Let’s Talk Graduation, Unemployment and Imprisonment for Natives in Amerikkka

Native inmates at San Quentin perform a Sweat Lodge

Yesterday the Ignite Collective in NYC posted an article for Father’s Day called Fathers Day in Amerikkka. It’s a short but good article on the low graduation and employment rates, and subsequent mass incarceration rates, of African and “Latino” men in the United States, and it got me to thinking about the relative invisibility of Native people in the discussions around these issues. In fact, not only are we invisible much of the time in these discussions, but it’s even quite hard to find the pertinent data, especially when it comes to Natives and the U.S. prison system.

So, being the type of person I am, I searched the internet for some quick, mostly non-gender/sex specific stats on graduation, unemployment and incarceration rates for Indians in Amerikkka (as well as some other stats about Native prisoners as well). I’ve collected them here for your reading (dis)pleasure.

A recent 2010 study conducted by the Civil Rights Project at UCLA’s Graduate School of Education and Information Studies  looked at the Native graduation rates in the states of Alaska, Arizona, California, Idaho, Montana, New Mexico, North Dakota, Oklahoma, Oregon, South Dakota, Washington and Wyoming. It found that Indians have a graduation average of something like 46.6%, with some of the specific states being as low as 30%. This puts them lower than the average of all other national groups in the country, including Africans (54.7%) and “Latinos” (50.8%).

It’s also not much better on the employment front. From the first half of 2007 to the first half of 2010, the Indian unemployment rate nationally grew to 15.2%. In the Alaska region it’s 21.3%, and in the Midwest its 19.3%. I put up these two region specific rates because the Alaska and the Midwest are two of the BEST regions in the American settler colony right now for whites in terms of employment.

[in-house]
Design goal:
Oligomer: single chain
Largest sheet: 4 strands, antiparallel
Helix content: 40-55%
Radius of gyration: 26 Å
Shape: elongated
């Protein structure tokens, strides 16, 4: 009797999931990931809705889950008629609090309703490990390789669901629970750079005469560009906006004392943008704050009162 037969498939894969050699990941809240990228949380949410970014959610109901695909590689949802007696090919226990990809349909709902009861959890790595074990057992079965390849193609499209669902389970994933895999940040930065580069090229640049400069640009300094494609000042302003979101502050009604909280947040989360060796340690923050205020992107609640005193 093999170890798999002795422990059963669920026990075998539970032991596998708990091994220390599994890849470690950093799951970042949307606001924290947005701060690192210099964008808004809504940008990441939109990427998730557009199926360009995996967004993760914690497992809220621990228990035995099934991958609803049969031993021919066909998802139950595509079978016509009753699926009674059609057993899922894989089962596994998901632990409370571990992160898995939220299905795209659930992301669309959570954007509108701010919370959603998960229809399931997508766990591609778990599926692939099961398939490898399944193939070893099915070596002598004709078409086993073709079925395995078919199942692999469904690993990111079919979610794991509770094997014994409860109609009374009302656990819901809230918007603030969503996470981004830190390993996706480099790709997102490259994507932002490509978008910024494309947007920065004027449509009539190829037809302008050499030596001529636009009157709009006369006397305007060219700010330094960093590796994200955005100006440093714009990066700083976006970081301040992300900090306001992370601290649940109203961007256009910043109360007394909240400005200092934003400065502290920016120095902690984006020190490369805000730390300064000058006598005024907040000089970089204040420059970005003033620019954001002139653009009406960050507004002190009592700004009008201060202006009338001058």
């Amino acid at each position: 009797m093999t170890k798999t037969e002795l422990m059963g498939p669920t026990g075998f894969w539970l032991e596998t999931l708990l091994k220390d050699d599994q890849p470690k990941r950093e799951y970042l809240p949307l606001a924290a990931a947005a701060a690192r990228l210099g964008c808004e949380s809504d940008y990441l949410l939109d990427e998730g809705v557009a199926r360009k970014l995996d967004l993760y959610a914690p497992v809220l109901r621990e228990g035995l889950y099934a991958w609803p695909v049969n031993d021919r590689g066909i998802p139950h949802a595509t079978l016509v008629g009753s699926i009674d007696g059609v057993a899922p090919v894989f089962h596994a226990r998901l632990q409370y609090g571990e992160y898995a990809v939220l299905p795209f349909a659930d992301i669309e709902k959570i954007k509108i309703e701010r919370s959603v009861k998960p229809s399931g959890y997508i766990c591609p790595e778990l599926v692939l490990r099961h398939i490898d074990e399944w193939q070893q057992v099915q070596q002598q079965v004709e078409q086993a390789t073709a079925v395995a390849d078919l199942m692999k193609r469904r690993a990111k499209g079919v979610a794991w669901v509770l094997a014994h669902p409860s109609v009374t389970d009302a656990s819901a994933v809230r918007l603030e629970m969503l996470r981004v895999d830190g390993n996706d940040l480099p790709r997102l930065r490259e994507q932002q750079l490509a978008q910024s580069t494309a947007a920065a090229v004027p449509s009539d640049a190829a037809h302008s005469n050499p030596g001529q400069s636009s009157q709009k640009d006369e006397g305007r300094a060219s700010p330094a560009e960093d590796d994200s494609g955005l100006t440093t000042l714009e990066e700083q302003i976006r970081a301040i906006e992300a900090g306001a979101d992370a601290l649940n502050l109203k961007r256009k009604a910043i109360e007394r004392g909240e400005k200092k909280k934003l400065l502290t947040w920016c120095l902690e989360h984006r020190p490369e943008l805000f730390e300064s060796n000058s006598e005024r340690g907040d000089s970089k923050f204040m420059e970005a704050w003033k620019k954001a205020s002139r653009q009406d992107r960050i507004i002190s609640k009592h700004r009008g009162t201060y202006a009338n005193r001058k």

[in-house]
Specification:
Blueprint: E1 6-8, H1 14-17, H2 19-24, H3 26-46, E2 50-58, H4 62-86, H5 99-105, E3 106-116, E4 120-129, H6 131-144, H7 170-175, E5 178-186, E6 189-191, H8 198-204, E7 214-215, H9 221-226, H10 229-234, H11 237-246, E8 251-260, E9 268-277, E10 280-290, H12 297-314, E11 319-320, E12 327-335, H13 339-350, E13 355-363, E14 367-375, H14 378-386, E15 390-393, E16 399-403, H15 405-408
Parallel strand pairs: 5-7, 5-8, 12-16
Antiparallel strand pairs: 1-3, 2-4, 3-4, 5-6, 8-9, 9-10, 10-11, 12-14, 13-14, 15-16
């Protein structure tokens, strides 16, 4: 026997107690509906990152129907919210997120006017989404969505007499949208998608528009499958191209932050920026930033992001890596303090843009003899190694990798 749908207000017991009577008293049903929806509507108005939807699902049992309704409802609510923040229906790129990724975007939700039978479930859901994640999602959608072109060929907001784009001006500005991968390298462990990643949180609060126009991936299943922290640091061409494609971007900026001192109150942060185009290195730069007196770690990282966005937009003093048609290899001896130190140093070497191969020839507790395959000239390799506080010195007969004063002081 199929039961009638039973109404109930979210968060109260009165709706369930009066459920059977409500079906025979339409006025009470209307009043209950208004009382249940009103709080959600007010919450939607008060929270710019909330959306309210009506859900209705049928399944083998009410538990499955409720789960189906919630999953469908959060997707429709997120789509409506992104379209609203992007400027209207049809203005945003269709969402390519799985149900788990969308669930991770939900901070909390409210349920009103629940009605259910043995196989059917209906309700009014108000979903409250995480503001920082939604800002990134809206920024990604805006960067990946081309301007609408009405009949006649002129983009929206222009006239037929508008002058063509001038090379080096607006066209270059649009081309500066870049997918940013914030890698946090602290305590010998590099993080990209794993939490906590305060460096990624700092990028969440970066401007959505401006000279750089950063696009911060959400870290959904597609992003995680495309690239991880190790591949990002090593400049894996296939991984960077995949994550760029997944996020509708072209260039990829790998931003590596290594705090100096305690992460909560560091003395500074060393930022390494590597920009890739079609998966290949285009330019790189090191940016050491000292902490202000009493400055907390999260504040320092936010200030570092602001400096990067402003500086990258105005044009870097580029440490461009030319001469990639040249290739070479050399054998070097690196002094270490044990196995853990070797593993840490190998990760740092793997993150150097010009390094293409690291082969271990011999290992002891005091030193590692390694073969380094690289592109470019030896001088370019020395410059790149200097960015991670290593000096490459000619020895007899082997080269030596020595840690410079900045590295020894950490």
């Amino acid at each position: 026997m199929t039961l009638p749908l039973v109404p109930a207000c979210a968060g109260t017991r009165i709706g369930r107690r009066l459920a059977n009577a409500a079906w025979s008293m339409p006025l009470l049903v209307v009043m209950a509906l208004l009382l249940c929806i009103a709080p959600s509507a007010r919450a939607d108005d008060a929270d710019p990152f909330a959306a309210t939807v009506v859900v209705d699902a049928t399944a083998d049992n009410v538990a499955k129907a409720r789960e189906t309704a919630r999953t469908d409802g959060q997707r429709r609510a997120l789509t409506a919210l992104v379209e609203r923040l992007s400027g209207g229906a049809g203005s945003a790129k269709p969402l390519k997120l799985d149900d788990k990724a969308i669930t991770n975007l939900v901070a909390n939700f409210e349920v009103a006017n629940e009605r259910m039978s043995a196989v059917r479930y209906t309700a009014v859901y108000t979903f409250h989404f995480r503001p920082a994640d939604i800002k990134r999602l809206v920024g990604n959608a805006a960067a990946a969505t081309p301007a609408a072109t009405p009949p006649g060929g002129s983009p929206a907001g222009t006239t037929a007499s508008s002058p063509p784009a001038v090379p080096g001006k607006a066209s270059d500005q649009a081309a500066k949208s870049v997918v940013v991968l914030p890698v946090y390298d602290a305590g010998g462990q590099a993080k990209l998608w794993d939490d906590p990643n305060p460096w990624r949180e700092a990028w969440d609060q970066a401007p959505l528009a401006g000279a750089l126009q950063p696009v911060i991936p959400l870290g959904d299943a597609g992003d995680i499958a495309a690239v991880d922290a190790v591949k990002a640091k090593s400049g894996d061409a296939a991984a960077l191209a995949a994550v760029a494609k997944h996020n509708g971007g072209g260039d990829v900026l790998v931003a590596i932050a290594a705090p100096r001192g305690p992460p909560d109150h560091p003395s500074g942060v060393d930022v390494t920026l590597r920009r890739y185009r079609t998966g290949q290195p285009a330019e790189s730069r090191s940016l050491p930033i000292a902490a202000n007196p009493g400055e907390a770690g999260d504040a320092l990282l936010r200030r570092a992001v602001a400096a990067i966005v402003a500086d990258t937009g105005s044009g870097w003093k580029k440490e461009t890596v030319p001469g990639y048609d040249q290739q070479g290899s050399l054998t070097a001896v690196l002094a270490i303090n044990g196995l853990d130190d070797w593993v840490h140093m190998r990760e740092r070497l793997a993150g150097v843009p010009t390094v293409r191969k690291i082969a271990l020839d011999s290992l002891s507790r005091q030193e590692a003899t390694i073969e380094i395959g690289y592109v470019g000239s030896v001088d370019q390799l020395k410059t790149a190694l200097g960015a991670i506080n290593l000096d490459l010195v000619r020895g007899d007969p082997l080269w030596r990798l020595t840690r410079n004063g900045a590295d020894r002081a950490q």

The result of course is little different though than that for of our black and brown brothers. Being “unemployable” and a threat to the white power system by virtue of our very continued existence on our stolen lands the settler state has turned to mass incarceration of our people in order to control them.

Despite being the smallest segment of the U.S. population, by 2005 we have the second largest state prison incarceration rate in the country – 709 per 100,000 (surpassed only by Africans at 1815 per 100,000). This is also the result of a nearly five fold increase in the Native prison population. In 1980 there were 145 Native per 100,000 in the imperialist iron house. Overall today the incarceration rate of Indians is 38% higher than the national rate.

In South Dakota, where Indians make up 8 percent of the state’s population, they compose 22 percent of the state’s male prison population, according to a Dakota-Lakota-Nakota Human Rights Advocacy Coalition Report. The DLN also shows that the rate is even worse for Native women in the state, who comprise some 35% of SD’s female prison population.

As of 2005 we can see similar situations in other states. In Montana 16% of prisoners are Native compared with being just 6% of the population. Likewise, in North Dakota 19% of prisoners are Indian versus an overall state population that is only 5% Native. In Alaska, a state which is 16% Native, 37% of prisoners are Native.

Pig agents also arrest Indians at twice the rate of the greater U.S. population for violent and property crimes. As well, on average, Natives receive longer sentences than non-Indians.

Indians also tend to serve longer time in prison than non-Natives. The suicide rate is higher among Native prisoners than it is for non-Indians.

Now, like I said, admittedly these stats, especially re: Indians and the U.S. prison system, are hard to find, but it’s important nonetheless that we discuss them. Nothing can be worse than taking one of Amerikkka’s most invisible national populations and making them more invisible by removing them from the discussion of how nationally oppressed people suffer under imperialist white power, settler colonialism and parasitic capitalism.

Anyway. just some food for thought.

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Posted on June 20, 2011, in Economics, Indigenous Struggles, Prisons & Prisoner Struggles, State Repression and tagged . Bookmark the permalink. 1 Comment.

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